Garden Photo of the Day

Celebrate Autumn in the Garden

A Massachusetts gardener shares the beauty of the changing seasons

Today’s photos come from Barbara Owen.

I have been working in my eastern Massachusetts garden for over 50 years. The garden has evolved dramatically from the big trees and one peony plant that were here when my husband and I bought our house. Now most of our quarter-acre is garden: flowers borders, vegetables, a woods garden inspired by Garden in the Woods in Framingham, Massachusetts, and some remaining areas of grass that my husband enjoys mowing with an ancient rotary motor. I used to call my garden a “teacher’s garden,” since I worked on it intensively through my summer vacation. Now that I’m retired, summer vacation can start as soon as the snow melts and continue until the ground freezes in the fall. My garden is definitely my happy place.

For this I looked for fall photos, which was a wonderful reason for me to review several years of September, October, and November garden photos. They are mostly close-ups, since I like to focus on images that are small enough or ordinary enough that we might forget to take notice of the beauty around us.

A birdbath with flowering sedum (Sedum spectabile, Zones 3–9) and ornamental grass. (The variegated grass is probably Miscanthus sinensis ‘Variegata’, Zones 6–9.)

The essence of autumn: an abundant harvest from the vegetable garden.

Honeybees on ‘Stardust’ sedum (Sedum spectabile ‘Stardust’, Zones 3–9)

A bumblebee on red dahlia

A monarch butterfly on a zinnia (Zinnia elegans, annual). Monarchs need lots of nectar to fuel their long flight to Mexico each fall, so plants like these zinnias that keep flowering into fall are a great way to help them on their way.

Another monarch feeding on a zinnia flower

Frost on scarlet salvia (Salvia splendens, Zones 10–11 or as annual). First frost spells the end for many tender perennials and annuals, but it can do so with such beauty.

A frosted zinnia

Saving seeds from zinnias for next year’s garden. Read our 10 seed-starting tips!


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View Comments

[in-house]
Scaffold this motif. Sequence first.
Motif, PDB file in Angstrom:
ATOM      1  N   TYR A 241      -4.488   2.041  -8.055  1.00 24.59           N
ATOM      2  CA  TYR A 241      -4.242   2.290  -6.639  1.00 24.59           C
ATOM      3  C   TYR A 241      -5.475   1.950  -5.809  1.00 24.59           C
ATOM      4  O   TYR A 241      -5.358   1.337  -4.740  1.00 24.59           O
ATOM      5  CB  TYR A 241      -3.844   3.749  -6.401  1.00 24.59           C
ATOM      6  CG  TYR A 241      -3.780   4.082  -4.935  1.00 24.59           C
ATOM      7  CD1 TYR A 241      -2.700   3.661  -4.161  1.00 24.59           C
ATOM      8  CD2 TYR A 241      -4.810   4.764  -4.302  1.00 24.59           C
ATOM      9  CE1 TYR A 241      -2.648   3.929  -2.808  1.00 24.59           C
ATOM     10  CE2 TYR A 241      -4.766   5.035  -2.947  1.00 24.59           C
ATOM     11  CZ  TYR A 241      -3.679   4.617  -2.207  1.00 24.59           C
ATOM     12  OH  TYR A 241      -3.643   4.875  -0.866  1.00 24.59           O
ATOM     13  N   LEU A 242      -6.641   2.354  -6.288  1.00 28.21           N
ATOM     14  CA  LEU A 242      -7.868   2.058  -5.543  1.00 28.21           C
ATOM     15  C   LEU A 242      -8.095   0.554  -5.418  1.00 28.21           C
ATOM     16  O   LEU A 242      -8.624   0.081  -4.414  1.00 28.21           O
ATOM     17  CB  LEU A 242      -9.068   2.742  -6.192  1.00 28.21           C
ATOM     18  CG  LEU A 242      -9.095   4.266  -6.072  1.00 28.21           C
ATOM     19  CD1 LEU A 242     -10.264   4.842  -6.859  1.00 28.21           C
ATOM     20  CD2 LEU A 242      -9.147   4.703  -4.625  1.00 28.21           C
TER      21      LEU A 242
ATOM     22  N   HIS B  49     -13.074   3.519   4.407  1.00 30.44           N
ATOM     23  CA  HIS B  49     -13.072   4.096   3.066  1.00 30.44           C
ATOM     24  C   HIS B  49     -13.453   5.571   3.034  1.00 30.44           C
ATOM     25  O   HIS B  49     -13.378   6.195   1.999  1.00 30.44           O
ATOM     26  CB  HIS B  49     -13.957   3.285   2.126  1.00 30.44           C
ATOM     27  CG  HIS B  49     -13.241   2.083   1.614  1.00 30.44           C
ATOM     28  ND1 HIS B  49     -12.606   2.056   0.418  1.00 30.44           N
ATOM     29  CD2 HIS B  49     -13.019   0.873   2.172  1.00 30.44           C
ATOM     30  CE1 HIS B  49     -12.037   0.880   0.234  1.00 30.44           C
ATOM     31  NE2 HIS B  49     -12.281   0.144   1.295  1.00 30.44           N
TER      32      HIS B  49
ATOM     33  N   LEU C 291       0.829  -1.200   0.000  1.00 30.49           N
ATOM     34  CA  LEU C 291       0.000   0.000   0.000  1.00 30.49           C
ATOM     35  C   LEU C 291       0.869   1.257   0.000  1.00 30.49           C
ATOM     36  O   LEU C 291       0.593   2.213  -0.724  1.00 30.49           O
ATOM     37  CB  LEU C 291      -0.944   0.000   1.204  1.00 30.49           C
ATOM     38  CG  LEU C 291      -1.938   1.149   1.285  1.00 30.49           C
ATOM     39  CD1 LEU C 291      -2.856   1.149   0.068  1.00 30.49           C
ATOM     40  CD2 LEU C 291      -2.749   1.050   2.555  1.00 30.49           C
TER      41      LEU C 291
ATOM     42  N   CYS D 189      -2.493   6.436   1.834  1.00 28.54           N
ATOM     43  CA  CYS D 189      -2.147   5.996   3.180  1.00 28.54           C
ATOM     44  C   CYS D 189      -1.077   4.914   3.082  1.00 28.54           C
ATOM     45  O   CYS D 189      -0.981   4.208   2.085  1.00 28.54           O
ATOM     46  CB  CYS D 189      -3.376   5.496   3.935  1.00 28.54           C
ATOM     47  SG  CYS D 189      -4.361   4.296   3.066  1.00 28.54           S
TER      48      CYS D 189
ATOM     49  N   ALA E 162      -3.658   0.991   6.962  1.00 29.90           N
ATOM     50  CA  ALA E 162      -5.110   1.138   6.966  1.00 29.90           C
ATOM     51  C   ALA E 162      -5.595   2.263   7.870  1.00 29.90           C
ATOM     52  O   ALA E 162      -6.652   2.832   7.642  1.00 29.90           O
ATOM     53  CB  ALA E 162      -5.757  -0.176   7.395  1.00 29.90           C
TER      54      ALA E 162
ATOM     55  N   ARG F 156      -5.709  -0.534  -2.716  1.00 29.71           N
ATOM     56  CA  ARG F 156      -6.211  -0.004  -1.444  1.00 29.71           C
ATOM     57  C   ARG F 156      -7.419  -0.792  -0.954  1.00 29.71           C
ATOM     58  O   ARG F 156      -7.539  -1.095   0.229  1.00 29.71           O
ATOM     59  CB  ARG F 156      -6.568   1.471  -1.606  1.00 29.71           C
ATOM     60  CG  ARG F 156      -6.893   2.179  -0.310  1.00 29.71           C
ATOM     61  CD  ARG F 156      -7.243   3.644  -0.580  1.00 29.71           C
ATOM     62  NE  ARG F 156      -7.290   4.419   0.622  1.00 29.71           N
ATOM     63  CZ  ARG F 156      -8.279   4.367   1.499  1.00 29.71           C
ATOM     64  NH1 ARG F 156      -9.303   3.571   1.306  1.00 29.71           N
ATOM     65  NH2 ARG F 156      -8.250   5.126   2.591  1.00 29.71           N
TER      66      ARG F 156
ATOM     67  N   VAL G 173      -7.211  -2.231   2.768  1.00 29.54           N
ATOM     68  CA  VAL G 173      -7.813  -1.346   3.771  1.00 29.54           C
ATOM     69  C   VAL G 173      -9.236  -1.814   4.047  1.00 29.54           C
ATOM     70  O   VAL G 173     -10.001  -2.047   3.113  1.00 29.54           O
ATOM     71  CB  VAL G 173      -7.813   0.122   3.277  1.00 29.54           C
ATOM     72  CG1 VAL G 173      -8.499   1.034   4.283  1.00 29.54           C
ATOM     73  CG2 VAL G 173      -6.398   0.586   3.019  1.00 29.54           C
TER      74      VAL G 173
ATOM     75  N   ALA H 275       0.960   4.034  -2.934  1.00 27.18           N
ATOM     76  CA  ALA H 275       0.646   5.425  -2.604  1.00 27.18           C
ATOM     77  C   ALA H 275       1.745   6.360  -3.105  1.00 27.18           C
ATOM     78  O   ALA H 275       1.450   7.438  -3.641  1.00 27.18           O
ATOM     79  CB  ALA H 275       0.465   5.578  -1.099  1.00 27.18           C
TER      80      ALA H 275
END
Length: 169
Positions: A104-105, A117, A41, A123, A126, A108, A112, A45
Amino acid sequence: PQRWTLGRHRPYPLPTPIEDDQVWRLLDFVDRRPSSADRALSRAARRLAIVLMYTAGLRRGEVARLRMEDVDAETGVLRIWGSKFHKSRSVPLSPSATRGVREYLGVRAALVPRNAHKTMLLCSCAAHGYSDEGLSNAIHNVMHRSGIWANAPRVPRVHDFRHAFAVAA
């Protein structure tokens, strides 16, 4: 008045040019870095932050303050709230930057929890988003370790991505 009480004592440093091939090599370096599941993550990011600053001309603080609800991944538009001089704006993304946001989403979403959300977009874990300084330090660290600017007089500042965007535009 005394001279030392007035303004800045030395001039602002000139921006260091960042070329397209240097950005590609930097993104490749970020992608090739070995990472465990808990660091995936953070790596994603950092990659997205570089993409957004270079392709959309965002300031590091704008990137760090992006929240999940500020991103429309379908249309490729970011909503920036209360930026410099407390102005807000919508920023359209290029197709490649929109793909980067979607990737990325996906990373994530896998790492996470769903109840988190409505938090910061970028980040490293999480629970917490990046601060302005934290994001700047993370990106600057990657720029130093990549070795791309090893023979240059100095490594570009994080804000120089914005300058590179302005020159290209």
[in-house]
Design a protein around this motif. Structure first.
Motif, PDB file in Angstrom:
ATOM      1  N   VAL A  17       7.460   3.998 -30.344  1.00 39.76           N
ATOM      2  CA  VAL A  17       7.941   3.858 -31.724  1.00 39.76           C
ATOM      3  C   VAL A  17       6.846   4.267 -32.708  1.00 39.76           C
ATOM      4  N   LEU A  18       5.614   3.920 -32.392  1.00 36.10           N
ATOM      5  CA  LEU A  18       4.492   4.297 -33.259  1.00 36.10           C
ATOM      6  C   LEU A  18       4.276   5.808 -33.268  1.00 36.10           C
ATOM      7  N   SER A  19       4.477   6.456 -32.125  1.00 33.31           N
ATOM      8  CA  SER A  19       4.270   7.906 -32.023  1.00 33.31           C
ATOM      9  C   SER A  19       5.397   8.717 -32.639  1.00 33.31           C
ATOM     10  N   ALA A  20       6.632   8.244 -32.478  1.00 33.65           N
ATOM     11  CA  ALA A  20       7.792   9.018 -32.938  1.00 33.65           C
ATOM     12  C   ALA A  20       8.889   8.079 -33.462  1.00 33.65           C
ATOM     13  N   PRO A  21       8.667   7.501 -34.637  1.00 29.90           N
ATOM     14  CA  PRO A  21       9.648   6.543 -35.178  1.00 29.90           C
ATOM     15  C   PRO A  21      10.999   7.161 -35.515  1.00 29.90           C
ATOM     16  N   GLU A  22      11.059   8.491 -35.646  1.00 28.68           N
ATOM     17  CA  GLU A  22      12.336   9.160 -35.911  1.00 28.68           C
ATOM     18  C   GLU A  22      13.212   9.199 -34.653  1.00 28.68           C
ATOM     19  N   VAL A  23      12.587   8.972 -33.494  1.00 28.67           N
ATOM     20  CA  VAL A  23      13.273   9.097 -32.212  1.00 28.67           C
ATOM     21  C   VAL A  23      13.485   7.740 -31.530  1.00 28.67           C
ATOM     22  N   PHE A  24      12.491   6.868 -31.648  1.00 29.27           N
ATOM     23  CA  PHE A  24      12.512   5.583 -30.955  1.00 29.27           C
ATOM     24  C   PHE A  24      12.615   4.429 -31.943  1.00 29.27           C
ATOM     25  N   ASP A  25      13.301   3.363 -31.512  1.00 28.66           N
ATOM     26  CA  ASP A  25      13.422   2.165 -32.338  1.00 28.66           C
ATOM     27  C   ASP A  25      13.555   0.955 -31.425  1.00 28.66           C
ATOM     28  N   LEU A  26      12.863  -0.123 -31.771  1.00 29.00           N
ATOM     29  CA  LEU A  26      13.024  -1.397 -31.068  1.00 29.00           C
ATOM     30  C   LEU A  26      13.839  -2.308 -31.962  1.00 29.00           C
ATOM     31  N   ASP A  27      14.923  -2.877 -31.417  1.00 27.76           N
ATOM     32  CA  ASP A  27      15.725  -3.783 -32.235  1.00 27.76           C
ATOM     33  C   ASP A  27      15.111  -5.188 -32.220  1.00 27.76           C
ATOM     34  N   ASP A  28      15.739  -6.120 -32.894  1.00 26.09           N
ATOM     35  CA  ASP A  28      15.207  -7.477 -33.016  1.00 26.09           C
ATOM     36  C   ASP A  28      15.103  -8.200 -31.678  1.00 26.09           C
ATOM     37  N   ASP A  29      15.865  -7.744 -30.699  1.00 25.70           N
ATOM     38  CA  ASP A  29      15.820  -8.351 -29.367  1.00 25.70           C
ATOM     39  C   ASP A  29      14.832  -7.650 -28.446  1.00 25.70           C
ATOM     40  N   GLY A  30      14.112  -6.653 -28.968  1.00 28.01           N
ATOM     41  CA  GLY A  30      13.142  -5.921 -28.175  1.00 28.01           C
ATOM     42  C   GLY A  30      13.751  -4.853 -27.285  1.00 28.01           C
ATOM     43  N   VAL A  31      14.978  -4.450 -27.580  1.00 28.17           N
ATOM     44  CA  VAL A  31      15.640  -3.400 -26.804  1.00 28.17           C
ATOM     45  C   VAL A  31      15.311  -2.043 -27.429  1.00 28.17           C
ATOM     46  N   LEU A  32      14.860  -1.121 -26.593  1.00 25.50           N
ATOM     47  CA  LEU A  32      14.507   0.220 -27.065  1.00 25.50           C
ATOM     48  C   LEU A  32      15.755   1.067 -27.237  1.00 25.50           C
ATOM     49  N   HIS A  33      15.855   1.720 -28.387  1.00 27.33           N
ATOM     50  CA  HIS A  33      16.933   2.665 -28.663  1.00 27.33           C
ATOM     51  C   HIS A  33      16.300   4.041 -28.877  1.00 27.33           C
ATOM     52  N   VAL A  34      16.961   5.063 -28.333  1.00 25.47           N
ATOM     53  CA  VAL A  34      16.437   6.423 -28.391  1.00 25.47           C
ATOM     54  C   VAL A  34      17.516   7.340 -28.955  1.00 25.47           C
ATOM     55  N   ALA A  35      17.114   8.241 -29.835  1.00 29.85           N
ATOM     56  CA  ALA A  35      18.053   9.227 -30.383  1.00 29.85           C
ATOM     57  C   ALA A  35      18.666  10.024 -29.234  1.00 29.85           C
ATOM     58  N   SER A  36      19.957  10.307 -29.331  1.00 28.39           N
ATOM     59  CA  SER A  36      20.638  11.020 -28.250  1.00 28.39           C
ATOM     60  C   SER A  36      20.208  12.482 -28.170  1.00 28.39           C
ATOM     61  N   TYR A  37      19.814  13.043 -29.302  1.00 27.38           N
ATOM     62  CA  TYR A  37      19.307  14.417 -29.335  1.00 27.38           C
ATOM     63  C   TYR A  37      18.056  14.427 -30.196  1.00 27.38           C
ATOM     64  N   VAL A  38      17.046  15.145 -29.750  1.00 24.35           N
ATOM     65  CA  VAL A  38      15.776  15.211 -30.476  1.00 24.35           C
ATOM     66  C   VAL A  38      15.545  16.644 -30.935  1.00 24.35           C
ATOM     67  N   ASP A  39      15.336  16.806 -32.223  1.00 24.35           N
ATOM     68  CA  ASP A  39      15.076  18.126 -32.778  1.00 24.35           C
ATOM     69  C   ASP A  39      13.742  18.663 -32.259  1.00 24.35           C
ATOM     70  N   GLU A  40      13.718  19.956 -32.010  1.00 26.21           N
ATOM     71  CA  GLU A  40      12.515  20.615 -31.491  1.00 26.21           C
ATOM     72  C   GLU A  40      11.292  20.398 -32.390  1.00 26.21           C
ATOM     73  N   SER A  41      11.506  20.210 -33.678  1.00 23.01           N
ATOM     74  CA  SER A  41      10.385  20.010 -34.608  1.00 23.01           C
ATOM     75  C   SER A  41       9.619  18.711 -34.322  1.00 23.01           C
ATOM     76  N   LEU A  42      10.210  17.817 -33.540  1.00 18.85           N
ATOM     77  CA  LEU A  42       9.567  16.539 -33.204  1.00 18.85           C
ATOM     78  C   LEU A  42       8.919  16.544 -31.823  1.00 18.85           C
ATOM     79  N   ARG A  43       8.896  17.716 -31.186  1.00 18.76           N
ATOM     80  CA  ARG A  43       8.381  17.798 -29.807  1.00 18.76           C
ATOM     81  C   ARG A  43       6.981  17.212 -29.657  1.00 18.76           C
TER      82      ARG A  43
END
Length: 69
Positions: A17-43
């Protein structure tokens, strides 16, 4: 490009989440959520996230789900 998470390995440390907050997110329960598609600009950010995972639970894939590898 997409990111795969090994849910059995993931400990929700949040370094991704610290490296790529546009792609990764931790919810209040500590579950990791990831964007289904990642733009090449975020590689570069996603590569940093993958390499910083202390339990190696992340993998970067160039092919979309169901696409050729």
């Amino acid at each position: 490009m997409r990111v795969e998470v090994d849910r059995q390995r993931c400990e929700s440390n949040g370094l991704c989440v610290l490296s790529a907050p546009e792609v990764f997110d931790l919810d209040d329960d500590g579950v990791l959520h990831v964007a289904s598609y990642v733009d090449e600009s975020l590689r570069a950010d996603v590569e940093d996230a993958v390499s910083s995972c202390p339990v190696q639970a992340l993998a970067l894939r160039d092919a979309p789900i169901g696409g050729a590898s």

1. paiya 11/05/2018

    Barbara, your artistic photos show your love for nature. My favorites are the sedum reflected in the birdbath and the frost on the zinnia. Gardens are so more interesting than large expanses of lawn

    1. bdowen 11/05/2018

      Thank you! I love the variety of colors and textures in the garden esp in contrast with a swath of green lawn. And then there are the constant changes with the weather and seasons

  2. User avater
    meander_michaele 11/05/2018

    Love your photos, definitely have a gift for focusing in on very appealing vignettes. The frost covered zinnia and salvias look like they have been dusted with sugar and could adorn a fancy dessert. It's so nice to see your visiting monarchs feasting away and storing up energy for their long migration.

    1. bdowen 11/05/2018

      So much is about being present at the lucky time to see something happening and then taking the time to look and photograph. The monarchs are a good challenge as they open and close their wings.

  3. cheryl_c 11/05/2018

    Barbara, you got me with your first picture! Zinnias are my earliest memory (along with rhubarb) of my mother's gardens in the 1950's, and I recently was given a collection of self-seeding zinnias, so our butterflies are well fed - even today as we've not yet had a first hard frost. I also love your vignettes, and am delighted to discover Sedum spectabile Stardust! I didn't know there was a tall sedum that bloomed pure white! Thanks for sharing, and send some more photos soon.

    1. bdowen 11/06/2018

      The sedum is very pretty when it's blooming and the bees do love it. It doesn't last as well into the fall as the pink>reddish ones but earns it's space well during the summer.

  4. btucker9675 11/05/2018

    Thanks for these lovely photos - next year I will include zinnias in my butterfly garden! I also hadn't seen the white sedum and will definitely add it to my garden.

    1. bdowen 11/06/2018

      I've found that the monarchs seem to like the red zinnias the best but will go to whatever is blooming if there aren't many red ones. The zinnias have also attracted painted ladies and both black and yellow swallowtails.

  5. user-7017435 11/05/2018

    Barbara, Thank you for your outstanding photos on this dreary morning in Md. You vegetable photo would look terrific on Thanksgiving table napkins. thank you & good luck, Joe

    1. bdowen 11/06/2018

      I like that idea for Thanksgiving napkins. I might use my collection of harvest time photos, then each one would be different. Thank you for the suggestion!

  6. User avater
    treasuresmom 11/05/2018

    Nothing like zinnias. My mom called them Old Maids. At the end of summer, she let the last flowers dry & then crumbled the seed heads over the flower bed. She always had plenty of zinnias the next year. She also did her marigolds the same way.

  7. bdowen 11/06/2018

    My zinnias are much taller than what you might expect- probably from almost 50 years of saving seeds from the prettiest flowers for the next year's garden. I'll try just sprinkling some seed on the ground in the fall but I'm guessing the birds and chipmunks would be happy to clean up the feast and I'd continue to depend on the seeds I'd saved safely indoors!

  8. User avater
    simplesue 05/03/2019

    The frost on that Zennia is so pretty, and wow what beautiful vegetables you grew!

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